Technology, data, demand drive new approaches to health informatics education

Jan. 4, 2023

This paid piece is sponsored by Dakota State University.

The STEM career opportunities in health informatics and information management are abundant. Practitioners in HIIM can work in coding, analyzing, securing and maintaining patient health information, leading health information governance programs, creating electronic health record dashboards or designing initiatives to protect patient privacy.

“One of the common myths about our profession is that it’s going away,” said Dakota State University’s Dr. Renae Spohn. “It’s not. It looks different after the implementation of electronic health records, but in some ways, there is even more work to do.”

Health records used to be kept through pen and paper, but as technology has evolved, electronic health records have become standard practice. Electronic health records are a patient’s health records collected by health care providers in a digital format. Those in the health information field ensure that the data collected by clinicians and others are complete, accurate, timely, valid and secure.

“Today’s health care is transforming how and where services are provided for patients,” Spohn said. “How the data is collected, analyzed and used for decision-making is changing as well, with the goal of personalization for patients and improved health care outcomes.”

“While all data from the electronic health record can be used in research studies, it can also be abstracted and utilized in disease registries, such as cancer registries to improve cancer treatments, quality of care to patients and patient morality rates,” Spohn added. “Patient diagnosis and procedures are coded by HIIM professionals for billing. The coded data is utilized to identify patterns among individuals, families and communities for population health, public health and genomics.”

The nearly 50-year-old program at DSU has seen changes in the industry that have led to evolving content and degree options. Students can earn a health care coding certificate, health information specialist certificate, associate, bachelor’s, and master’s degrees in health informatics and information management, and a graduate certificate in health care data analytics.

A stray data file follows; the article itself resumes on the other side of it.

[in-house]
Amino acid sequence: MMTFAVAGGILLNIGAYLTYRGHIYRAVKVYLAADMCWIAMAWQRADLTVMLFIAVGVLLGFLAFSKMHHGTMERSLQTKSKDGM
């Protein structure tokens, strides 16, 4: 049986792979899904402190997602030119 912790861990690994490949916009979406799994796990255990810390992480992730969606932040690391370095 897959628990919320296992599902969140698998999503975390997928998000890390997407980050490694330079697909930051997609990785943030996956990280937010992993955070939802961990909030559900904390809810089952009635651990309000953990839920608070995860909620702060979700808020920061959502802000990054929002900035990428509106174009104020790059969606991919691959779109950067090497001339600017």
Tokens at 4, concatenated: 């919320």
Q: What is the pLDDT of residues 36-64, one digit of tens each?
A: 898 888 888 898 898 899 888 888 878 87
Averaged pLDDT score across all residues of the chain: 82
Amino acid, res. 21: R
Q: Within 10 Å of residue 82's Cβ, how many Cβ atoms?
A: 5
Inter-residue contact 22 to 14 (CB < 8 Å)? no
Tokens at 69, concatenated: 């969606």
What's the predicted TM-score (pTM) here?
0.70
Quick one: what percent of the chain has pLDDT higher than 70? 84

Spohn, the director of HIIM programs and coordinator for the Master of Science in Health Informatics and Information Management program, is a DSU graduate of the programs, earning her associate and bachelor’s degrees here.

DSU’s programming is stackable, meaning those who earn a health care coding certificate can use those credits to count toward an associate degree, which can be applied toward a bachelor’s degree.

“It’s a lifelong learning commitment once you walk into our profession,” she said.

The health care coding certificate prepares students for entry into the industry by teaching the standards for coding and billing. A health care coder is trained to code symptoms, diseases, operations, procedures and therapies by analyzing health records made by clinicians and physicians.

Coding helps organizations produce an accurate bill so that health care providers are reimbursed and patients are billed accurately for the services they receive.

“We’re very detail-oriented people, and we’re all about accuracy,” Spohn said. “Ultimately, we’re patient advocates.”

While the programs are stackable, the master’s degree in HIIM doesn’t require a background in the field.

“Our master’s program is really an interprofessional program, meaning that all disciplines are coming to it,” Spohn said. “It’s all sorts of people, some who have health care experience and some who don’t.”

Health care knowledge courses are available to those coming into the program without a background in the field through classes in statistics, medical terminology and information systems.

DSU’s associate, bachelor’s and master’s degree programs are accredited by the Commission of Accreditation for Health Informatics and Information Management. This makes DSU one of two schools in the United States to have all three degrees CAHIIM-accredited.

This accreditation highlights that DSU’s program provides an excellent, high-quality education that will prepare students to be successful in the industry. In addition to the accreditation, DSU’s programs have 100 percent placement rates, meaning that all students are employed post-graduation. All HIIM programs are available online. Beginning in the fall of 2023, it also will be available through a face-to-face hybrid delivery model.

DSU’s health care coding certificate and the associate degree in HIIM are eligible for South Dakota’s Workforce and Innovation Opportunity Act program.

According to the South Dakota Department of Labor, WIOA is designed to help job-seekers access employment, education, training and support services. The program is meant to “strengthen and improve our public workforce system and help get Americans, including youth and those with significant barriers to employment, into high-quality jobs and careers and help employers hire and retain skilled workers.”

Additionally, DSU’s HIIM bachelor’s degree has six articulation agreements with other associate degree programs at other schools to facilitate and encourage transfers for students wishing to obtain a bachelor’s degree.

Spohn is also a member of the Health Information Management Accreditation Council for CAHIIM, which helps evaluate health information programs at the associate, baccalaureate and master’s degree levels and offers recommendations on accreditation to the CAHIIM board of directors.

As a member, she is able to see what other programs are doing, ensure DSU’s compliance and incorporate new requirements as they come about.

“It’s an honor to be appointed to a high-level council because there are only a few people across the United States who are appointed to serve in that capacity,” Spohn said.


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